* To whom correspondence should be addressed.
Received September 14, 2011; Revision received October 6, 2011
Photochemical oxidation of the primary electron donor P in reaction centers (RCs) of the filamentous anoxygenic phototrophic bacterium Chloroflexus (C.) aurantiacus was examined by light-induced Fourier transform infrared (FTIR) difference spectroscopy at 95 K in the spectral range of 4000-1200 cm–1. The light-induced P+QA–/PQA IR spectrum of C. aurantiacus RCs is compared to the well-characterized FTIR difference spectrum of P photooxidation in the purple bacterium Rhodobacter (R.) sphaeroides R-26 RCs. The presence in the P+QA–/PQA FTIR spectrum of C. aurantiacus RCs of specific low-energy electronic transitions at ~2650 and ~2200 cm–1, as well as of associated vibrational (phase-phonon) bands at 1567, 1481, and 1294-1285 cm–1, indicates that the radical cation P+ in these RCs has dimeric structure, with the positive charge distributed between the two coupled bacteriochlorophyll a molecules. The intensity of the P+ absorbance band at ~1250 nm (upon chemical oxidation of P at room temperature) in C. aurantiacus RCs is approximately 1.5 times lower than that in R. sphaeroides R-26 RCs. This fact, together with the decreased intensity of the absorbance band at ~2650 cm–1, is interpreted in terms of the weaker coupling of bacteriochlorophylls in the P+ dimer in C. aurantiacus compared to R. sphaeroides R-26. In accordance with the previous (pre)resonance Raman data, FTIR measurements in the carbonyl stretching region show that in C. aurantiacus RCs (i) the 131-keto C=O groups of PA and PB molecules constituting the P dimer are not involved in hydrogen bonding in either neutral or photooxidized state of P and (ii) the 31-acetyl C=O group of PB forms a hydrogen bond (probably with tyrosine M187) absorbing at 1635 cm–1. Differential signals at 1757(+)/1749(–) and 1741(+)/1733(–) cm–1 in the FTIR spectrum of C. aurantiacus RCs are attributed to the 133-ester C=O groups of P in different environments.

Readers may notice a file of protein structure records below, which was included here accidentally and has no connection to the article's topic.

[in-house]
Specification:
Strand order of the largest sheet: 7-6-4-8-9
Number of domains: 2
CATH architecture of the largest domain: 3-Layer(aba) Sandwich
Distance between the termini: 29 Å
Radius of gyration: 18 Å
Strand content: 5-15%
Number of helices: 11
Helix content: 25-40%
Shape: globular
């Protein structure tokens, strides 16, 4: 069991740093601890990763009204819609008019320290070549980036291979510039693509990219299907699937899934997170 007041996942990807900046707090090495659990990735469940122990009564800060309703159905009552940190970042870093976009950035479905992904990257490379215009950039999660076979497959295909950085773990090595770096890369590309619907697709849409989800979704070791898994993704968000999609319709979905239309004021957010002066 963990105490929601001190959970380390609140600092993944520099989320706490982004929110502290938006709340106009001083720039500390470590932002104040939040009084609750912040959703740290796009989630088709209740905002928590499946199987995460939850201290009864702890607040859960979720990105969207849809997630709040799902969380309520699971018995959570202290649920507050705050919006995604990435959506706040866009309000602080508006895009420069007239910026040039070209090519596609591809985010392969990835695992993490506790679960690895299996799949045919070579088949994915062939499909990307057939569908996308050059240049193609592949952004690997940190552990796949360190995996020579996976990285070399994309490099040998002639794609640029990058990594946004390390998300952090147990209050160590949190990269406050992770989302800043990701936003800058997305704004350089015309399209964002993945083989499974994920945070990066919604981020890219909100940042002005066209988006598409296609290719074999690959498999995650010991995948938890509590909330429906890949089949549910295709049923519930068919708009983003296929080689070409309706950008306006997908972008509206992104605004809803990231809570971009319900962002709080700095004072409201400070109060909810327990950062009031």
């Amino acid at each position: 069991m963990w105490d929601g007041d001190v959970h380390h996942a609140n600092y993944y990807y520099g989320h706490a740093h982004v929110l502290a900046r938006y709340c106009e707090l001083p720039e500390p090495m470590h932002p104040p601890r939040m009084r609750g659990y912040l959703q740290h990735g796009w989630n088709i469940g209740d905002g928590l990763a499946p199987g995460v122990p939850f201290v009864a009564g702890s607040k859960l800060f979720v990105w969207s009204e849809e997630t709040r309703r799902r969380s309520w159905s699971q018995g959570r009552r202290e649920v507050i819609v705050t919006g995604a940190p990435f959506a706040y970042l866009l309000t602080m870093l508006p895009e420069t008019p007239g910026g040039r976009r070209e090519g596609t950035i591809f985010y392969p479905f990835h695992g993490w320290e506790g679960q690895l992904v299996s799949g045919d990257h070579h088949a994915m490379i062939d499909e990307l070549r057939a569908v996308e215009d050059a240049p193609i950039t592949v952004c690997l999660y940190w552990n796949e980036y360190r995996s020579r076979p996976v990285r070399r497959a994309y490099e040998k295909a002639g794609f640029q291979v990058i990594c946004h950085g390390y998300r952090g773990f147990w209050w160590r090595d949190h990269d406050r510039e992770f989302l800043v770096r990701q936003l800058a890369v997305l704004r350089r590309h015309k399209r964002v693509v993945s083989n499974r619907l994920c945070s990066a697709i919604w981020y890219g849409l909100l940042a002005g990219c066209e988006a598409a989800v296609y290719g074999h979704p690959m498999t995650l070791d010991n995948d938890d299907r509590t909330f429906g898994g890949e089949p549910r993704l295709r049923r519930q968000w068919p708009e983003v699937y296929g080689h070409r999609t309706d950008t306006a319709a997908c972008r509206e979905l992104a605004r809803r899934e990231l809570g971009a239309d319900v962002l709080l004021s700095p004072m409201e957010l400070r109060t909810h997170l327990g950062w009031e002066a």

KEY WORDS: Chloroflexus aurantiacus, reaction center, primary electron donor, photooxidation, FTIR spectroscopy, Rhodobacter sphaeroides